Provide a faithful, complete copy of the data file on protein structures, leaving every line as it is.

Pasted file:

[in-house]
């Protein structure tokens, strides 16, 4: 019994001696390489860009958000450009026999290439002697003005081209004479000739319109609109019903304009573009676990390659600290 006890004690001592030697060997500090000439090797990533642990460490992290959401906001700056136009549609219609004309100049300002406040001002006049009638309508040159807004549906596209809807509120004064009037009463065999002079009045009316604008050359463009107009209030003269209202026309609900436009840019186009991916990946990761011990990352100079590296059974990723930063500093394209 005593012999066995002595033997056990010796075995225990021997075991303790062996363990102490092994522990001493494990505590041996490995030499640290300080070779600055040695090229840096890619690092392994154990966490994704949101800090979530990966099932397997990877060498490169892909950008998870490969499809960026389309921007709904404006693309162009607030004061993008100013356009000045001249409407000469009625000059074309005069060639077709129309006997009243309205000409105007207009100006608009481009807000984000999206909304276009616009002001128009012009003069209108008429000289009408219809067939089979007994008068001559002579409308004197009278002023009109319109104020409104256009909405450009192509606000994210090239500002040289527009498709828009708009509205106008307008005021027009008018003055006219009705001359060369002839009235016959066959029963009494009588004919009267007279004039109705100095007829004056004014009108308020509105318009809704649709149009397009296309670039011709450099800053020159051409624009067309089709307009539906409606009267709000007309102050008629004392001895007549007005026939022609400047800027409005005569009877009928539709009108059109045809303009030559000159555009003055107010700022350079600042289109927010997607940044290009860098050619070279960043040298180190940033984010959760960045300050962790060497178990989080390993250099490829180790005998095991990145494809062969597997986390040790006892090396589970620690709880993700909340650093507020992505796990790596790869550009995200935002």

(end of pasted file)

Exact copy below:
[in-house]
């Protein structure tokens, strides 16, 4: 019994001696390489860009958000450009026999290439002697003005081209004479000739319109609109019903304009573009676990390659600290 006890004690001592030697060997500090000439090797990533642990460490992290959401906001700056136009549609219609004309100049300002406040001002006049009638309508040159807004549906596209809807509120004064009037009463065999002079009045009316604008050359463009107009209030003269209202026309609900436009840019186009991916990946990761011990990352100079590296059974990723930063500093394209 005593012999066995002595033997056990010796075995225990021997075991303790062996363990102490092994522990001493494990505590041996490995030499640290300080070779600055040695090229840096890619690092392994154990966490994704949101800090979530990966099932397997990877060498490169892909950008998870490969499809960026389309921007709904404006693309162009607030004061993008100013356009000045001249409407000469009625000059074309005069060639077709129309006997009243309205000409105007207009100006608009481009807000984000999206909304276009616009002001128009012009003069209108008429000289009408219809067939089979007994008068001559002579409308004197009278002023009109319109104020409104256009909405450009192509606000994210090239500002040289527009498709828009708009509205106008307008005021027009008018003055006219009705001359060369002839009235016959066959029963009494009588004919009267007279004039109705100095007829004056004014009108308020509105318009809704649709149009397009296309670039011709450099800053020159051409624009067309089709307009539906409606009267709000007309102050008629004392001895007549007005026939022609400047800027409005005569009877009928539709009108059109045809303009030559000159555009003055107010700022350079600042289109927010997607940044290009860098050619070279960043040298180190940033984010959760960045300050962790060497178990989080390993250099490829180790005998095991990145494809062969597997986390040790006892090396589970620690709880993700909340650093507020992505796990790596790869550009995200935002």